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“It’s ok, LITTLE P, I’ll be walking beside you again real soon.” – TONKA The bond between TONKA and LITTLE P was obvious when we met them for intake at @amcny this morning. We are thrilled to share that LITTLE P’s jaw does not need surgery and his wounds are superficial! He will return to our primary care veterinarian on Monday for a neuter surgery, vaccinations and microchip as well as routine blood work and treatment for his allergies. He will then be placed in foster care with one of our dedicated foster homes and their resident dogs so that TONKA can recover without the temptation to play for a few weeks. TONKA is currently in surgery to repair his left ulna (foreleg) break. He also sustained an injury to his right wrist. To avoid a double surgery and bone fusion today, our orthopedic specialists are going to splint the right leg and see if it can heal on its own. We will know within the next few weeks if he will require a second surgery. TONKA will be discharged from the hospital by Saturday and we are currently looking for a medical foster for him so that he can spend a few weeks recovering in a quiet home, if the boys are not adopted prior to returning to foster care together. We are increasing their fundraiser (link in profile👆) to cover the additional costs for LITTLE P’s neuter surgery and vetting, as well as the basic vetting and vaccinations TONKA will have done in two weeks after we give him some time to recover from the surgery and for his unexpected second injured leg to heal. It is an honor to take these boys in and we are grateful that so many of you have become part of their rescue by supporting our efforts for them on behalf of Kris Busching. Special thanks to Dr. Daniel Spector and the incredible team of doctors, nurses and support staff at @amcny for providing essential veterinary care during these uncertain times.❤️ More to come… . #AdoptTonkaandLittleP #oneluckypup #rescueisthenewblack #operateonhope loo
She ‘Had No idea’
Daniel Spector is a board-certified staff surgeon at the Animal Medical Center in Manhattan, a leading veterinary specialty hospital and the world’s largest veterinary nonprofit teaching hospital. Dr. Spector, who has been working with Frank and the MBC dogs since the organization’s founding and has even fostered dogs for Frank, says the case of Tonka and Little P particularly stood out to him:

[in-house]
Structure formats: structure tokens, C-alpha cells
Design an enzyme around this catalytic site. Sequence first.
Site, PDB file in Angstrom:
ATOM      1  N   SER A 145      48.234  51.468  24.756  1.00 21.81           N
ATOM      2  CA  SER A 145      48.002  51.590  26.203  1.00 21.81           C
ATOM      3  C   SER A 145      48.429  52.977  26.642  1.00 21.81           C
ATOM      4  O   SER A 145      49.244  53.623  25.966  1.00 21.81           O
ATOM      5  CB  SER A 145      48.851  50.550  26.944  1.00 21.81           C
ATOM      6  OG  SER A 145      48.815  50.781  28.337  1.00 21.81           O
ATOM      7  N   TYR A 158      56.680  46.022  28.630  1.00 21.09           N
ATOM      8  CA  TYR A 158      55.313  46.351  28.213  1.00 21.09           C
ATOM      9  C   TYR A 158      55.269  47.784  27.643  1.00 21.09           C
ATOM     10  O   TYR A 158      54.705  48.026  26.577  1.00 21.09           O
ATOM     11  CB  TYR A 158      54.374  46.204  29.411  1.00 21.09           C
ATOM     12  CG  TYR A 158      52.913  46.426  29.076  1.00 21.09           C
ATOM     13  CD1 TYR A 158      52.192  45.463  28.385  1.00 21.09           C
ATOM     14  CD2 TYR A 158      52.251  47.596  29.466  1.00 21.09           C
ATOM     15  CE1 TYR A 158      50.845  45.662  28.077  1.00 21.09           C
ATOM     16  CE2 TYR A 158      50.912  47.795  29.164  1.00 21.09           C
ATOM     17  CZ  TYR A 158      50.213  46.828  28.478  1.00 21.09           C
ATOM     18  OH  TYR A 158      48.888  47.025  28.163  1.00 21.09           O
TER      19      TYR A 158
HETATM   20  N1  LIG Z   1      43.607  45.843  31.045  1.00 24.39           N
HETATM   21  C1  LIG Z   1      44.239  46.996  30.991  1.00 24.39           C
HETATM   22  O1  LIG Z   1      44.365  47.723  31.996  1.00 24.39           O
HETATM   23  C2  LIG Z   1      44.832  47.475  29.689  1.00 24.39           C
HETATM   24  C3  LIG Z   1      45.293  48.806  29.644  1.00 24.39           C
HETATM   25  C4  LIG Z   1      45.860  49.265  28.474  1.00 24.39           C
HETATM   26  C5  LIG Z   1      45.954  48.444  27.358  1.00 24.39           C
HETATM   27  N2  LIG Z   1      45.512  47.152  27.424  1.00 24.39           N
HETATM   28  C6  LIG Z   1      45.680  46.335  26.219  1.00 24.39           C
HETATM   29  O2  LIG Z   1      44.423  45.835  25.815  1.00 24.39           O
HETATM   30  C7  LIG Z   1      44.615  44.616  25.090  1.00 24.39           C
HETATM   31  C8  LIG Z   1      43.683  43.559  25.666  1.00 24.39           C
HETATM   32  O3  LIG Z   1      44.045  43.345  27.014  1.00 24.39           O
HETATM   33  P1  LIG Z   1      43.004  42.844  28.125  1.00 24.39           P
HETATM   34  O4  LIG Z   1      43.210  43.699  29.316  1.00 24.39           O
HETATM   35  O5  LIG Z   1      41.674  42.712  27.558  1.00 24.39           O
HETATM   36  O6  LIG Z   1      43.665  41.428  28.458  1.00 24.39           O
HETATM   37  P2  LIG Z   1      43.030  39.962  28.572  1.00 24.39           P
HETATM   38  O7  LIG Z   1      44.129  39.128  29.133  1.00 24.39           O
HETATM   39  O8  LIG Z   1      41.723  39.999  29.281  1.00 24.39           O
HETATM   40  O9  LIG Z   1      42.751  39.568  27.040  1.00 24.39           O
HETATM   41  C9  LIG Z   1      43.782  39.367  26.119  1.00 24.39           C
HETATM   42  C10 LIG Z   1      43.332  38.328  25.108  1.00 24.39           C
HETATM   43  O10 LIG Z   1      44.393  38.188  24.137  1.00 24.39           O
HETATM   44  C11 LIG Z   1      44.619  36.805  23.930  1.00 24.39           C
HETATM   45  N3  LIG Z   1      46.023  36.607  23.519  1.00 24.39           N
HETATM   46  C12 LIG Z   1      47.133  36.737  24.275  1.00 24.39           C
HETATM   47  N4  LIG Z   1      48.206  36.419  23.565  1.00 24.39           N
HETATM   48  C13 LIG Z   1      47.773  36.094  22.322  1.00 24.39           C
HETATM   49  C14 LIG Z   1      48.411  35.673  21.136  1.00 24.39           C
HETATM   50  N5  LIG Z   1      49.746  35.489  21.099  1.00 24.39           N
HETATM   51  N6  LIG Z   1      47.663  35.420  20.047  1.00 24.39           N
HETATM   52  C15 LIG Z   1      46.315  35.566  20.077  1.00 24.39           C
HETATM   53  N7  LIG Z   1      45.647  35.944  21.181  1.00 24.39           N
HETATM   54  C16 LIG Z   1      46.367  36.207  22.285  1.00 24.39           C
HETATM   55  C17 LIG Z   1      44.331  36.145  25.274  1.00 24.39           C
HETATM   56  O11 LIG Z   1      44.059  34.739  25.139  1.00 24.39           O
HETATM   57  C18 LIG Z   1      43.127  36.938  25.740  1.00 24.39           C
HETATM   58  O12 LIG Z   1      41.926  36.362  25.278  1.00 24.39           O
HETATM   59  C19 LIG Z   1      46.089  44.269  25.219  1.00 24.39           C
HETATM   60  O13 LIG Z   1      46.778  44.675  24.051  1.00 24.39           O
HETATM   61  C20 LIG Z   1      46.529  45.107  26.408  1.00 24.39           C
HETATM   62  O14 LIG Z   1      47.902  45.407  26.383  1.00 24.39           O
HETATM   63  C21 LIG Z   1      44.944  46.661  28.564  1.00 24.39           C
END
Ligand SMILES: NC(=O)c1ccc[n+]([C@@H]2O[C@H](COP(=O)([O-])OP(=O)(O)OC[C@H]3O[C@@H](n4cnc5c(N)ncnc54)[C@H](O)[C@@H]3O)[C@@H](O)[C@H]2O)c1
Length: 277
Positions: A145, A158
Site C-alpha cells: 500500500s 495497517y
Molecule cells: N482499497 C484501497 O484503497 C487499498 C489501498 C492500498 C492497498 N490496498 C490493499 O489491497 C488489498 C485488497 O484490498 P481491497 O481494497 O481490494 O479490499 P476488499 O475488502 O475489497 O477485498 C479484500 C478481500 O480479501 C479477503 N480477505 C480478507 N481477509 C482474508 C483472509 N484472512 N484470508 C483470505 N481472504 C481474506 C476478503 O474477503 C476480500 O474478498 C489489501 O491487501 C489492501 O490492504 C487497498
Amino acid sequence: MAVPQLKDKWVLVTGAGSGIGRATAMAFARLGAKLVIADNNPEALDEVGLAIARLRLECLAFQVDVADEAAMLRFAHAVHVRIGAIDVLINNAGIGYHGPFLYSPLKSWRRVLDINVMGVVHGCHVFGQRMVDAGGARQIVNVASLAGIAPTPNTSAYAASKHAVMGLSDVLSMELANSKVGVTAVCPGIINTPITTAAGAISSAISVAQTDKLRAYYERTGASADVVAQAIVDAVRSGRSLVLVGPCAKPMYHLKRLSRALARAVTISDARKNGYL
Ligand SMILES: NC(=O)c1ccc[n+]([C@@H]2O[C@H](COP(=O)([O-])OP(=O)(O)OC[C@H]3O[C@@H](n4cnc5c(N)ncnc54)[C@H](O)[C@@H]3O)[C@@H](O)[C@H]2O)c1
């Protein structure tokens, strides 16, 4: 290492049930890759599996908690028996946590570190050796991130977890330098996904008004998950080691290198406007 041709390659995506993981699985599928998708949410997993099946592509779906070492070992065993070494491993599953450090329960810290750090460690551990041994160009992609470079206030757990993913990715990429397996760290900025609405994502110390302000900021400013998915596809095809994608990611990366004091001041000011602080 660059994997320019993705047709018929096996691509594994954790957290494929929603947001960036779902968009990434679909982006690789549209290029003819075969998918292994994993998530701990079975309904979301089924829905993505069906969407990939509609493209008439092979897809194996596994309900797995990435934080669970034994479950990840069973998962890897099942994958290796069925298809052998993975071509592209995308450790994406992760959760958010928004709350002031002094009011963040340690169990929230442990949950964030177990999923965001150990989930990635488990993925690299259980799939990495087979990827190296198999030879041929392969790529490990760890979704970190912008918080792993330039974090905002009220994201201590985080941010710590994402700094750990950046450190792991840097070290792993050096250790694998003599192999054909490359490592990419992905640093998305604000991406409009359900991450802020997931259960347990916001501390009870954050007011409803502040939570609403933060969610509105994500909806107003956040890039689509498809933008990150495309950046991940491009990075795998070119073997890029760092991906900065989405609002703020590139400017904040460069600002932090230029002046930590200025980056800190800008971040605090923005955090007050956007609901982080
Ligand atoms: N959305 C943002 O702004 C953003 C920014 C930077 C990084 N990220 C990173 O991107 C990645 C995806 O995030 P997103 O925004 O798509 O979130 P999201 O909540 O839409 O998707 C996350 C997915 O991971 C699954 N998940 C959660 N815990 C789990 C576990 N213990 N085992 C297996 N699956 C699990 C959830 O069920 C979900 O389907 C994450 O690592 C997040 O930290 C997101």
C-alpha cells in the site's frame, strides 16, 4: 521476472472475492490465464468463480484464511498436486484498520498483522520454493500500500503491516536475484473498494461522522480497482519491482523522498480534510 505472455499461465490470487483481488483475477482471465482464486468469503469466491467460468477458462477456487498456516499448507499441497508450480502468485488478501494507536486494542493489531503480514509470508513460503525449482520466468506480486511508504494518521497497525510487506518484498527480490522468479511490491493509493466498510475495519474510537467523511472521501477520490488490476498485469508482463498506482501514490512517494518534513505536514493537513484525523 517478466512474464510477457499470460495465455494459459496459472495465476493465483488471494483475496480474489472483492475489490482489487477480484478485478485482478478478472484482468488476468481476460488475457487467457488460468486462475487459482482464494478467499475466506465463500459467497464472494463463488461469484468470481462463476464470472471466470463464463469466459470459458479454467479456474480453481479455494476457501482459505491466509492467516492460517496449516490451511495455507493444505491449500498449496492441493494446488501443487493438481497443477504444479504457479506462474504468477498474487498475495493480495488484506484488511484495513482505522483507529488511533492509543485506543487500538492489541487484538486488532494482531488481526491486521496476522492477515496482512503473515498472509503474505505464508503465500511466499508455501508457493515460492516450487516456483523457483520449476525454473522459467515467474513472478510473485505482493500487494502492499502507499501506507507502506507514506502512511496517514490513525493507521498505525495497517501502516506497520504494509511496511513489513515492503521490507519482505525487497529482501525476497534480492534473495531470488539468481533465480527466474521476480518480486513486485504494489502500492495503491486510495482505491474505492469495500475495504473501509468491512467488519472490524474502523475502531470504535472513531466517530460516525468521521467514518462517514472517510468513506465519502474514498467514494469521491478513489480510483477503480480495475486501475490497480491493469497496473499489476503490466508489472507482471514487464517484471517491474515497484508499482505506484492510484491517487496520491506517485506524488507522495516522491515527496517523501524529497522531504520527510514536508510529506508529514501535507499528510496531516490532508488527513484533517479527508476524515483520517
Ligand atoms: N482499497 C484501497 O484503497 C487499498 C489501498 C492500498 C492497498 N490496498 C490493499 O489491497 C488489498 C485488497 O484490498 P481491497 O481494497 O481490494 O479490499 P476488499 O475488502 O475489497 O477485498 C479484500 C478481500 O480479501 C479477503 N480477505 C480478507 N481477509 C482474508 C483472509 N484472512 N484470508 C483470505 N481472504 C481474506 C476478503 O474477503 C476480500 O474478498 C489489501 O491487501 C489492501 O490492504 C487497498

“Elli [Frank] had no idea,” he explains. “The medical issues, surgical issues, or costs associated with treatment for these two dogs when she committed to them in the middle of a global pandemic, when the economy has crashed, and everything has changed. There was no hesitation. That she committed to these dogs because [the owner] was a relative of someone involved in her group. So, without any knowledge or care about that, she committed to those dogs.”
Dr. Spector operated on Tonka to repair his left ulna (foreleg). He says there is also an issue with Tonka’s wrist, but the AMC team is hoping it can heal on its own without more surgery. Tonka is due back at the AMC soon for a recheck, at which point they will decide whether to proceed with the second surgery. Little P required jaw surgery. Both dogs, Dr. Spectors says, are doing great and have an excellent prognosis.
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THEIR BOND IS EPIC. We are searching for a home for two boys who lost their world suddenly when their dad @theworld_is_yours_87 died protecting them on a hiking accident last week. The level of loyalty and love that radiated from these two as big brother TONKA was admitted to our emergency animal hospital @amcny so that his leg could be saved needs no further caption. His bond with LITTLE P is forever. . If you are an active home prepared to give these boys the world their dad intended for them, please complete the application at www.mrbonesandco.org/adopt We will consider all states within driving distance of New York City. . #adopttonkaandlittlep #oneluckypup #rescueisthenewblack #bondedpair
‘My Call to Action’
Frank recalls that it was adopting Mr. Bones in 2012 that was ‘the catalyst’ that led her to dedicate her life to animal welfare work, after reaching a preliminary turning point in her New York life when she adopted Charlotte two years earlier. “I was just out from cocktail party to cocktail party and something had to change because my life was so VAPID,” Frank says of her life in New York at the time she adopted Charlotte. “And I literally woke up one morning and was like, I’m going to adopt a dog! I have no idea where it came from. It just kind of came. And, I went down to Animal Haven and lied to them that I’d had a dog before…I didn’t think they were going to let me have a dog if I said that I had never had one.” After that, Frank says she learned the ropes from Charlotte. “I just kind of cut my dog teeth on her and kind of learned everything you shouldn’t do with her.”
Then, life took another turn. “My fiancé and I had broken up and I had called off the wedding and, um, I was drunk one night and was looking at Facebook and found the ACC [the New York City Animal Care Center] feed and found Mr. Bones.”